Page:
On Thursdays, we actually have some fun, though. We work out some of the theoretical concepts by putting them into action. I have a handy little book I picked up at the AIS conference in Ottawa a couple of years ago - it describes about 25 group exercises (some with props) put together by graduate students in Interdisciplinarity at the University of Amsterdam. We have put Walt Disney's creative strategies to the test, compared biases against pet owners (fish, cat, dog), and responded to Breaking News about corn in Iowa (is it a good thing? is it a bad thing? Turns out it very much depends on the news you are getting, and who puts them out...).
Today we pretended to be Agents of Development and Creation, Agents of Marketing, and Agents of Labor and Business as we approached the challenges of introducing the alternative energy sources of wind and solar power to South Carolina. One team decided what kinds of analyses developers of new technologies would need to complete (turned out we need some data on sun and weather patterns, noise, resources, and education) while a second team considered what it would take to develop a labor pool to build and maintain wind and solar equipment. The last team looked at the marketing: what data would agents of marketing need? what would it take to approach the existing market and create interest in alternative energy sources?
All their ideas went onto large sheets of paper, and then all agents stepped up to consider every team's results and trace connections, parallels, and overlap between the three approaches.

"It's a complex system!"


And then, just like that: process done. Class dismissed. And it's quiet again in DH207. Thanks, everyone, for your great work! (Next: Recycling?)

Stay posted for some internship reports - because it's not all book learning and blackboards in IS200, of course. Sometimes we actually do something.

Monday, September 23, 2019

Book Report Projects - YES, WE ARE READERS!

The Introduction to Interdisciplinary Studies class is on course, and one of our current projects is the Book Report:

Every student chooses a book that reflects an interdisciplinary approach (librarian Jonathan Garren has been functioning as Recommender Extraordinaire), reads a good bit of it (or all), and reports back on the disciplines the author(s) invoke, the different types of discipline-specific research or reporting methods reflected, and the challenges or successes of melding the two to create a new perspective on a process or issue.

We do have a curated set of books to work with, located in the library on the top shelf of New Releases - the books are selected based on past and current student interests in the IS200 course, and the shelf is replenished as needed. Any student is welcome to check out these books, of course!

This is what some of the current IS200 students are saying about their book choices:

"I am choosing The Immortal Life of Henrietta Lacks. I read a sample of the prologue and was intrigued by the kind of mystery it involves. It involves situations of race, science, and moral ethics." (Sophia, 1st year IS major, PSY&EDU)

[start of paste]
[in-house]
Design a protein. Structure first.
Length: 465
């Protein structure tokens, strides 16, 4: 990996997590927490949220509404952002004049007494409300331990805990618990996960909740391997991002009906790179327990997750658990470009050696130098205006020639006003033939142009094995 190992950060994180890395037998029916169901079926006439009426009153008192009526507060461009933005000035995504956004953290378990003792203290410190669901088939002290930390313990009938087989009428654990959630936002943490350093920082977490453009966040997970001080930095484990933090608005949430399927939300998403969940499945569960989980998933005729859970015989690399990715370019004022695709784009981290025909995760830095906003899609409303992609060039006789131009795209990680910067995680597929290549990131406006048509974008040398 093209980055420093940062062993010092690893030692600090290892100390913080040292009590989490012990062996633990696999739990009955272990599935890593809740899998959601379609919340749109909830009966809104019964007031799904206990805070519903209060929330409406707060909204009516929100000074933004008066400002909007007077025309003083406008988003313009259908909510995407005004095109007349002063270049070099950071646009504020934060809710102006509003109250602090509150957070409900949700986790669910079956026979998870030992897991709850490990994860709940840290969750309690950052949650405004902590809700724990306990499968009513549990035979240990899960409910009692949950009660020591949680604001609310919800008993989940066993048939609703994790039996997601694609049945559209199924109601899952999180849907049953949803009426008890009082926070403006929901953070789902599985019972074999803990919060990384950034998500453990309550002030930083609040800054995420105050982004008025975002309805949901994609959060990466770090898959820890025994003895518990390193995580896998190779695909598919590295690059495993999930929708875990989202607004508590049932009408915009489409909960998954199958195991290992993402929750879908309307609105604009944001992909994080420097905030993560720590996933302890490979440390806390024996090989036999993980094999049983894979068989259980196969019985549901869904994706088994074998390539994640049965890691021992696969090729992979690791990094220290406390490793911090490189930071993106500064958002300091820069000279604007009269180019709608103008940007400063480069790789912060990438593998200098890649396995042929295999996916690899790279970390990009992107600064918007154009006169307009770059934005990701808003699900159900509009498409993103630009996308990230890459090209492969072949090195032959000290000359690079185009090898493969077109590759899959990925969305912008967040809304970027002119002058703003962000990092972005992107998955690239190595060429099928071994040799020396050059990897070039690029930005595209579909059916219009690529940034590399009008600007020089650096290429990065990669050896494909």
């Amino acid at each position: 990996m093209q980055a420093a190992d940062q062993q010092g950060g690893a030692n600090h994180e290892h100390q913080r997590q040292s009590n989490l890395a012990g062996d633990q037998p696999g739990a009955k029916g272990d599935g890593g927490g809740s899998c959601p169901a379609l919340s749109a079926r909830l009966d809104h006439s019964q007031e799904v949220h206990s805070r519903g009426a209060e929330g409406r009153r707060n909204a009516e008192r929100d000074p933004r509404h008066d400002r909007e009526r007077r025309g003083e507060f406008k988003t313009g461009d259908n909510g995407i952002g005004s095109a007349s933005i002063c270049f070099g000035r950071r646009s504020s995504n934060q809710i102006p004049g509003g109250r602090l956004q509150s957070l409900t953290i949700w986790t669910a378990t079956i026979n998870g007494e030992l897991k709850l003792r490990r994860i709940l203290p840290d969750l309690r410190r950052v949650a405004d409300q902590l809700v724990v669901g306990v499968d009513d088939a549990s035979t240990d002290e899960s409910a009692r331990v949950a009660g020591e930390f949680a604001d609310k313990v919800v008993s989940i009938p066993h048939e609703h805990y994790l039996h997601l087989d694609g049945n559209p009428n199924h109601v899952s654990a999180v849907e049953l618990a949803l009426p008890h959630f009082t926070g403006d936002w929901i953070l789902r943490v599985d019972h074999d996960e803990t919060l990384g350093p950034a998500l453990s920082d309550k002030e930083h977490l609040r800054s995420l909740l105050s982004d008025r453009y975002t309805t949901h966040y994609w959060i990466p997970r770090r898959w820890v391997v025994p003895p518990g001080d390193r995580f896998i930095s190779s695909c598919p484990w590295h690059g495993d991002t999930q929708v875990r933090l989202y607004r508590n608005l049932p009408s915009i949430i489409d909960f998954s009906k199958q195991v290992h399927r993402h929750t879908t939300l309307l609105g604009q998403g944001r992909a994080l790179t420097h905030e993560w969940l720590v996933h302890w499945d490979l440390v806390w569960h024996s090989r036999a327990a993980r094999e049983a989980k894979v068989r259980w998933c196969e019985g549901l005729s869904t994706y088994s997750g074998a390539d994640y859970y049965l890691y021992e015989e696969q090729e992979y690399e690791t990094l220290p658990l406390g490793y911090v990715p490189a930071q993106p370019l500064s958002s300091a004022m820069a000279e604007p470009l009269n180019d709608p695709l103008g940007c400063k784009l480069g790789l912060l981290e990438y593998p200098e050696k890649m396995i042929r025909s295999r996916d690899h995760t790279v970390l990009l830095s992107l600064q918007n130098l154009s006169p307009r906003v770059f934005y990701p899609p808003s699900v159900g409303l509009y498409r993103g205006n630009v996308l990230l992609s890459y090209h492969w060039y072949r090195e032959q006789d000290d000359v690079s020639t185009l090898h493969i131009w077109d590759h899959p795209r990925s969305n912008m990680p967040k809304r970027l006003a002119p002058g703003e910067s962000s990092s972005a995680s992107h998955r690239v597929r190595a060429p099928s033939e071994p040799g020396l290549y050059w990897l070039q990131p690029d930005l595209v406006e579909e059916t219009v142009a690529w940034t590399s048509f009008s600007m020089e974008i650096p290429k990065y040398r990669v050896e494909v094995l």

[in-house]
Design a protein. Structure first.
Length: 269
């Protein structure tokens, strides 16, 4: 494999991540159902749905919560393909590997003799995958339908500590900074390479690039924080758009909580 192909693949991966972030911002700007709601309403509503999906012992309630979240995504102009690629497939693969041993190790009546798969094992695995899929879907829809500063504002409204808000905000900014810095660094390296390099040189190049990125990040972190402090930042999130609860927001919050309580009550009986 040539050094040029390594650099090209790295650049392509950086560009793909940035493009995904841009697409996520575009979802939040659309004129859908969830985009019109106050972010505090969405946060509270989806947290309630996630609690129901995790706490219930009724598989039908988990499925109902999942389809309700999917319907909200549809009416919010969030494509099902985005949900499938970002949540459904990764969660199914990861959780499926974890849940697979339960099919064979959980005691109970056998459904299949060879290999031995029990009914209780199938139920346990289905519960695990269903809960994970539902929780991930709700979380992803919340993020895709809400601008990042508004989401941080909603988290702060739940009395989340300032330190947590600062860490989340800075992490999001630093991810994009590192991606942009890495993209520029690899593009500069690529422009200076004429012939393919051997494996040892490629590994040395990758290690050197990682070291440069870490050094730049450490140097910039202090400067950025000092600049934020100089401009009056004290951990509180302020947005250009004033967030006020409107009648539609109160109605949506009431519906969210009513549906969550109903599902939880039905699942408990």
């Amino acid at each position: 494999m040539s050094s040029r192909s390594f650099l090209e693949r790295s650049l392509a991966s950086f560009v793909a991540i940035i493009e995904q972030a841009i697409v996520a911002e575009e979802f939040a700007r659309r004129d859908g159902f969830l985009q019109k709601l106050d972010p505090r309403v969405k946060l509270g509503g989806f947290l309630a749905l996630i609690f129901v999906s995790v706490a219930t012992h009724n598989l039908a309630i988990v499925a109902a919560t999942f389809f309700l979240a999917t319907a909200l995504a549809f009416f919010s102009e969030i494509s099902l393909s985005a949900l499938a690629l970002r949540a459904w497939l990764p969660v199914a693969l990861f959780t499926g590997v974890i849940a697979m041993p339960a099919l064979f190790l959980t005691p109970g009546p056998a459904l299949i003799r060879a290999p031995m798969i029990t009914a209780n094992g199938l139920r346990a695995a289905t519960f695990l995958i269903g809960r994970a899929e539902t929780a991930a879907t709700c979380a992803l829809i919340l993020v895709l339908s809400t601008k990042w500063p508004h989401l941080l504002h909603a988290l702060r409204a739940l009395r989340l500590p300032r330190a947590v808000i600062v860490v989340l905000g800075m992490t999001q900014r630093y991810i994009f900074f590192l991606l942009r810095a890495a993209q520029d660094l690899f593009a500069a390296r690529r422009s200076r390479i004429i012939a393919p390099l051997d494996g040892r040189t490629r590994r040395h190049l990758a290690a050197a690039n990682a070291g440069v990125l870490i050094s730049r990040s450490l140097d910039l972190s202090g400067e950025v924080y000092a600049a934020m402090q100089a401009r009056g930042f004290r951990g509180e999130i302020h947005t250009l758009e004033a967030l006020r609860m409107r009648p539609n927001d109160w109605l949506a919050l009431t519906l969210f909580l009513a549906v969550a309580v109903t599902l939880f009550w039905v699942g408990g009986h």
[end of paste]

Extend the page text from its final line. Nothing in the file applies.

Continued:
"I found two books, by the same author, Edward Tufte. They both go over the different forms of visual communication (charts, signs, Powerpoints, and so on) and explain how they can be interpreted by their intended audiences. They combine the fields of art and communication, but they also include some psychology and design." (Sierra, 4th year IS major, ART&COM)

"I am choosing Becoming Hewlett Packard by Robert Burgelman. The main discipline discussed in the book is business, but after I read the summary, I realized it was also about technology. And, since it is a biography, English!" (Angelique, 3rd year IS major, BA&ENG)

"The book that I am considering is titled Digital Humanities. [...] The disciplines explored are digital humanities and media and communication. I am interested in this book because it explores the effects of computer technology on modern society." (Kate, 4th year IS major, ART&COM)

"The book I have picked is Moneyball by Michael Lewis, and it was recommended to me by Jonathan Garren. What makes this book interdisciplinary is that it deals with business from a financial standpoint and it also deals with math and stats. And - it is about sports!" (Justin, 3rd year IS major, BA&COM)

If you want to make a recommendation for the shelf, please contact Jonathan Garren or me - we are excited about the variety on offer now, but there must be yards and yards of books about subjects we have not even thought about (yet!) that would make good additions!

Tuesday, May 7, 2019

"Bear Island" at Congaree: Part 2: Student Work and Presentations

So - it rained! it rained quite a bit, and it was muggy, and it was wet, and  - yet! Important Work Was Being Done!

Our intrepid campers drew, wrote, considered, learned to play the guitar (kind of), painted, interviewed each other, and in general had a look and saw what was there - and in the weeks after the trip, took their work into the post-production stage to get ready to present.